When the article says "voice", does that mean support for VoLTE?
post #3 of 45
Quote:
Originally Posted by KingKuei View Post

When the article says "voice", does that mean support for VoLTE?

Yes, the MDM9615 should support Voice over LTE, though Verizon and AT&T won't be turning it on their networks until next year.
post #4 of 45
But I thought AT&T iPhones are already "4G". And all that's required is updating to iOS 5.1
post #5 of 45
Quote:
Originally Posted by Haggar View Post

But I thought AT&T iPhones are already "4G". And all that's required is updating to iOS 5.1

I'm still sad about that.

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post #6 of 45
Quote:
Originally Posted by dagamer34 View Post

Yes, the MDM9615 should support Voice over LTE, though Verizon and AT&T won't be turning it on their networks until next year.

In theory, however the standard for VoLTE is still yet to be finalized.
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post #7 of 45
Isn't it a little late in the cycle to be reviewing potential hardware components. I would have thought they would be testing prototypes by now.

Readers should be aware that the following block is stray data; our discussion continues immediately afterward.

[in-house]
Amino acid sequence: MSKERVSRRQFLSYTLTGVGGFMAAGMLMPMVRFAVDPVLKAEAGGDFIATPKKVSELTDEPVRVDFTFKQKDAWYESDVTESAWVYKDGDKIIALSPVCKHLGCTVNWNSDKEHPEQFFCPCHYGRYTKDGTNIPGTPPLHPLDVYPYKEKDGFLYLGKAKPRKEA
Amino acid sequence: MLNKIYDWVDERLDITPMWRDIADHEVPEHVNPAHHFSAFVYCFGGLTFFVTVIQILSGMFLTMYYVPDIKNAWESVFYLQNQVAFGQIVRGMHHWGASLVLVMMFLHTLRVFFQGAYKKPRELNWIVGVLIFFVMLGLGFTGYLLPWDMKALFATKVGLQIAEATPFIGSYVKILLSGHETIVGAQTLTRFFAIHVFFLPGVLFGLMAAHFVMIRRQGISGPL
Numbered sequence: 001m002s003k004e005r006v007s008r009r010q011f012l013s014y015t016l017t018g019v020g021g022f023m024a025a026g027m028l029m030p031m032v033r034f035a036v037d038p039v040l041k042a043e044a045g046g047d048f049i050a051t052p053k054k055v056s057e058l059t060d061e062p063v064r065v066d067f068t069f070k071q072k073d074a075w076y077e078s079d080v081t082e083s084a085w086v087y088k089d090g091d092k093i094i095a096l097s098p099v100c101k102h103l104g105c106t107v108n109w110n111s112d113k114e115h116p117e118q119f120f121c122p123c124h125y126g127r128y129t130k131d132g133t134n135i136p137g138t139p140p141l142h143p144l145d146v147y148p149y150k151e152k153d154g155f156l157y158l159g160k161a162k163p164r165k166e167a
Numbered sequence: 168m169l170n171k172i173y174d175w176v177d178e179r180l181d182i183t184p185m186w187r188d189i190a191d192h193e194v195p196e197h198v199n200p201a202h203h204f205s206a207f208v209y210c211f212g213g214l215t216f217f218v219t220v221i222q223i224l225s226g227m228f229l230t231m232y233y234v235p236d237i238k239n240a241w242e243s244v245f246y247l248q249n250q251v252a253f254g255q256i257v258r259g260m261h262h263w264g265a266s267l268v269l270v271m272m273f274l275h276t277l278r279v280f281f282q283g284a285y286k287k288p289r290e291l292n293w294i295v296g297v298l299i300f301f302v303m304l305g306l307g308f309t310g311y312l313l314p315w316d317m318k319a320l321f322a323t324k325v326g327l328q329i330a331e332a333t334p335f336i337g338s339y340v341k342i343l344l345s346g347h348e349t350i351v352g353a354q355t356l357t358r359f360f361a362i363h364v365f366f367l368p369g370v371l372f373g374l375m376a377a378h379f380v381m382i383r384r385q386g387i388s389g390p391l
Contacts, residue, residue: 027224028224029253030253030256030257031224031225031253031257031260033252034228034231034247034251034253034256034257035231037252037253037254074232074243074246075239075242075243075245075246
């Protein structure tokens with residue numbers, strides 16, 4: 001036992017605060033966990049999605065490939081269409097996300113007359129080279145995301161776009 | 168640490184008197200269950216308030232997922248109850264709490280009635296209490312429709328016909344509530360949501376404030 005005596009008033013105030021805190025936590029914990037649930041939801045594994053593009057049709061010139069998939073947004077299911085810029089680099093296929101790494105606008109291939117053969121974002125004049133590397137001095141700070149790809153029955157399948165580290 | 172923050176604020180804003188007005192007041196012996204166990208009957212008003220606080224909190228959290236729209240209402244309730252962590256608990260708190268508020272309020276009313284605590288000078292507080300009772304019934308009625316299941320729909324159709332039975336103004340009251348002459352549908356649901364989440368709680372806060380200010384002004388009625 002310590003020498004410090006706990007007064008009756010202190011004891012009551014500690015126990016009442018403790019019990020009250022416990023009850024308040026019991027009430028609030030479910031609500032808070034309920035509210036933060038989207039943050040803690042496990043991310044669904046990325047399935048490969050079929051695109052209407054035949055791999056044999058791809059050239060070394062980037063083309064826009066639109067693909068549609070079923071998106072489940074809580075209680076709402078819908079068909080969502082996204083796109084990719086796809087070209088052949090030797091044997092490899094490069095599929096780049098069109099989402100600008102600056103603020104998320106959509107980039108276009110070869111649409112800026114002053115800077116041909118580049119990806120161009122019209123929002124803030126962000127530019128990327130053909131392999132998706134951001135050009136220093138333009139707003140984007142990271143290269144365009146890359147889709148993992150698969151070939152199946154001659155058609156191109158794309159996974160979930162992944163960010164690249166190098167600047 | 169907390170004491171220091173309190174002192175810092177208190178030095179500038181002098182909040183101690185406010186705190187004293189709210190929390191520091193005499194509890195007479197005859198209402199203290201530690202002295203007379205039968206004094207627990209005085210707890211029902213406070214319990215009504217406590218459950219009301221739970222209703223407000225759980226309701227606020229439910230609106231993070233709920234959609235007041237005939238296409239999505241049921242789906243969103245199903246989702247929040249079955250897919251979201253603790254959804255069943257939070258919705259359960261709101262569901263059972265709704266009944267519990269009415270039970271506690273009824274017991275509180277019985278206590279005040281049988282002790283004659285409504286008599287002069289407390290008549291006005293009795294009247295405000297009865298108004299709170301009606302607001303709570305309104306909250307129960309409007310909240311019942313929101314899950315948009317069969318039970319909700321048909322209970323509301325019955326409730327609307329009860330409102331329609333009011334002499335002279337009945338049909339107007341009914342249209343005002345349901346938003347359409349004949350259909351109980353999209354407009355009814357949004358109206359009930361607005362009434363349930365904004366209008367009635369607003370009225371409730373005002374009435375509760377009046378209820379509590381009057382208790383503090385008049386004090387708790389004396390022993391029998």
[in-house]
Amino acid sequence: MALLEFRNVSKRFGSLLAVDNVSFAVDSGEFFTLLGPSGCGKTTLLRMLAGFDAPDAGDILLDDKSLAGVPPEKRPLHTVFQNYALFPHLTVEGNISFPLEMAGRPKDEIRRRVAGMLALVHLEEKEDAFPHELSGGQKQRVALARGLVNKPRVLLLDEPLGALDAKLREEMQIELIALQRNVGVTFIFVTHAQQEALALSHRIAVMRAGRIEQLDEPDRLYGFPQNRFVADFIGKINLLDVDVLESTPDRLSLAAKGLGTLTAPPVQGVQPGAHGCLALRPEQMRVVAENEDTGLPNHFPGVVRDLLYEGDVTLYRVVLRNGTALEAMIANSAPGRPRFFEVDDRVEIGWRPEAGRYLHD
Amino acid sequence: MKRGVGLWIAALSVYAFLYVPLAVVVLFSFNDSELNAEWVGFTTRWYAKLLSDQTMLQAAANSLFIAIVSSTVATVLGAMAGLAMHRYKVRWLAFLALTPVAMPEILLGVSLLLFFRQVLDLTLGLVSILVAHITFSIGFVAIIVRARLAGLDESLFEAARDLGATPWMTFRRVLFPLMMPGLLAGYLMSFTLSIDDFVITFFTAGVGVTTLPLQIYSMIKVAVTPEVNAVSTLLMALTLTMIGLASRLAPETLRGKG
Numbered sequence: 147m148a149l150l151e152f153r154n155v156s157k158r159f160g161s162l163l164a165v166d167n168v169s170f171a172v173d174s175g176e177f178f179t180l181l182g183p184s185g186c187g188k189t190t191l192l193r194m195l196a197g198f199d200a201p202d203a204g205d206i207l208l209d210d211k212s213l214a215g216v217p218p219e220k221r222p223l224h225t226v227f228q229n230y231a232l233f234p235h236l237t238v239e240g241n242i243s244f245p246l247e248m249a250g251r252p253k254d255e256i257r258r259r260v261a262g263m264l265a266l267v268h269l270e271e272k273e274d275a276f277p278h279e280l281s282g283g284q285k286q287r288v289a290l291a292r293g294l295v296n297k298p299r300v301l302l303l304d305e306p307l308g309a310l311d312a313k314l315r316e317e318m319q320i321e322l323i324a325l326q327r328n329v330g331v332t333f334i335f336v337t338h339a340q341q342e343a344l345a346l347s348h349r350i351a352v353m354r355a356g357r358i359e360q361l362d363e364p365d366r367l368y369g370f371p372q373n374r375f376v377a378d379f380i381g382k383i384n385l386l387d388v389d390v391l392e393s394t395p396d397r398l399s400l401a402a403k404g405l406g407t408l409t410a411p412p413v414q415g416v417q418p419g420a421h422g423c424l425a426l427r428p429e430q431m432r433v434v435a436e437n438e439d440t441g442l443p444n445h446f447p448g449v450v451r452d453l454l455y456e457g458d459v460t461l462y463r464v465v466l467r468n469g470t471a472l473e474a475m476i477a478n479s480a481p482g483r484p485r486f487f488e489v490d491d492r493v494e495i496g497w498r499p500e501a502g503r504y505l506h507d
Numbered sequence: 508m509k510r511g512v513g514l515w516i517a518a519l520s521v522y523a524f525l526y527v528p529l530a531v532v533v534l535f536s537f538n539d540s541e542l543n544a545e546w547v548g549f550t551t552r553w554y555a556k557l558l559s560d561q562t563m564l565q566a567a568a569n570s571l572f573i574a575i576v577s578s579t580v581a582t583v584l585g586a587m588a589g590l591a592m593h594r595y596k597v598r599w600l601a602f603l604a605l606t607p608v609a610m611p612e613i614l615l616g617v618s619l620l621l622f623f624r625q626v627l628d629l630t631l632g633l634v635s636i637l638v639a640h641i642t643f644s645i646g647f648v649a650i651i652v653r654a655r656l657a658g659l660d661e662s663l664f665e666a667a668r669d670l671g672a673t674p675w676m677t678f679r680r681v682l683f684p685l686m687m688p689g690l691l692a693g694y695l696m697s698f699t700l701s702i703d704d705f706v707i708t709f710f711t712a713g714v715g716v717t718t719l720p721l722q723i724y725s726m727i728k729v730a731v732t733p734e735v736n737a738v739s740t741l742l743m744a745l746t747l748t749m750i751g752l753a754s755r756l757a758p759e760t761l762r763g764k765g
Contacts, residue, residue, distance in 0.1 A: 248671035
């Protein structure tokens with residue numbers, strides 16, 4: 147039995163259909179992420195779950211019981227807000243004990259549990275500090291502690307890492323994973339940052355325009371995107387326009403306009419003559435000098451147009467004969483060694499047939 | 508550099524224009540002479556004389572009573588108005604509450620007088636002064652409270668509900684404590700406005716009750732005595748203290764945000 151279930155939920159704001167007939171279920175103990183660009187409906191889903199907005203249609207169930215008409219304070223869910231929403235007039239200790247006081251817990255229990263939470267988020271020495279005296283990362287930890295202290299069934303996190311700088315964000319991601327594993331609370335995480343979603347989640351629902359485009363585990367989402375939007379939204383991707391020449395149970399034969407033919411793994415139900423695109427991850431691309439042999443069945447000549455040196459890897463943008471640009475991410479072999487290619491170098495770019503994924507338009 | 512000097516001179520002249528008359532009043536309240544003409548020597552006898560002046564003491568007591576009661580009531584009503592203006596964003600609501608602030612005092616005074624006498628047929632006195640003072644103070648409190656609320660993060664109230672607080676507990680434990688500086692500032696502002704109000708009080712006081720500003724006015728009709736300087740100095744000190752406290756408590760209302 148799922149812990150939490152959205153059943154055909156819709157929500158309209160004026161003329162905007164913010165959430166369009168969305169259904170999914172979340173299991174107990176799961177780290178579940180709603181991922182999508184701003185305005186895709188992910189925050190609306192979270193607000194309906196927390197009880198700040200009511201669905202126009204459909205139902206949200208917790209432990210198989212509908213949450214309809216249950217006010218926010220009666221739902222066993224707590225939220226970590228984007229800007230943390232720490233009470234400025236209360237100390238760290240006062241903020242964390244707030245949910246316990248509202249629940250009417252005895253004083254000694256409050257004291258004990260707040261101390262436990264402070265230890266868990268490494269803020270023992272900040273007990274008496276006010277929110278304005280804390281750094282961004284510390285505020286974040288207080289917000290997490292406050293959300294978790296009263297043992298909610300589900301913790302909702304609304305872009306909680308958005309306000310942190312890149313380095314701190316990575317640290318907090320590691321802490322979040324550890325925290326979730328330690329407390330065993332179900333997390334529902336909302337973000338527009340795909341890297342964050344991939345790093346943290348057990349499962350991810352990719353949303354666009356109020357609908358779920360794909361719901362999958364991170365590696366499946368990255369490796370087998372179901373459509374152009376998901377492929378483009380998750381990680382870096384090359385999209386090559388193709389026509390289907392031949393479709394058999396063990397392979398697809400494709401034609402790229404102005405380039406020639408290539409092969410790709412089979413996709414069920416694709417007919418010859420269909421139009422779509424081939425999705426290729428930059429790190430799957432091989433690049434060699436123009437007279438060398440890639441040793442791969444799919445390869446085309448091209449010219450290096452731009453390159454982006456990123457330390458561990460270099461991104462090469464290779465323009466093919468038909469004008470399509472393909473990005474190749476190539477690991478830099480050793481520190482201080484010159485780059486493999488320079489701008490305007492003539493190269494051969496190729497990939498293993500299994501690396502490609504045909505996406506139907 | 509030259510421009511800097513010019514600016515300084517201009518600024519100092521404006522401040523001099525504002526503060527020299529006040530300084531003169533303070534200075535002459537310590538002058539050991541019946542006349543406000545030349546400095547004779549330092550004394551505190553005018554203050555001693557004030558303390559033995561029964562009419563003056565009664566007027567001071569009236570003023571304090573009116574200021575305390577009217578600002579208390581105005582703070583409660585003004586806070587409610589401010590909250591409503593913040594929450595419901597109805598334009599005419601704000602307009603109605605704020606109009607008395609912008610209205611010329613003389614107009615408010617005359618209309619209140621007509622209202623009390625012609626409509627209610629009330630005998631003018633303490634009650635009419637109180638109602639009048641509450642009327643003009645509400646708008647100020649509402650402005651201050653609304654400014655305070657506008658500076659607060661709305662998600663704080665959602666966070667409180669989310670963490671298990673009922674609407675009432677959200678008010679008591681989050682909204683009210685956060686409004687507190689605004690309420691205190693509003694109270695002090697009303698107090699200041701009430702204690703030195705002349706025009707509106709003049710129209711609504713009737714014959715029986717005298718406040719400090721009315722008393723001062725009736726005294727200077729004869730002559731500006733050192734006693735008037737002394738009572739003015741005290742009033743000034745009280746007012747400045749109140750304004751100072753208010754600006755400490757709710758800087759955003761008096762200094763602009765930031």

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post #8 of 45
Considering how many people are whining about the iPad3 sucking up 4G bandwidth caps, best we just keep the iPhone on 3G right?

Oh wait, then those same whiners will complain that the iPhone is stuck on 3G.

Ugh... I give up. </s>
post #9 of 45
Seems like it's too late to choose components for a product release in just 5 months. They supposed to have assembled prototypes in testing already. Most likely they are talking about iPhone 2013.
post #10 of 45
Quote:
Originally Posted by sflocal View Post

Considering how many people are whining about the iPad3 sucking up 4G bandwidth caps, best we just keep the iPhone on 3G right?

Oh wait, then those same whiners will complain that the iPhone is stuck on 3G.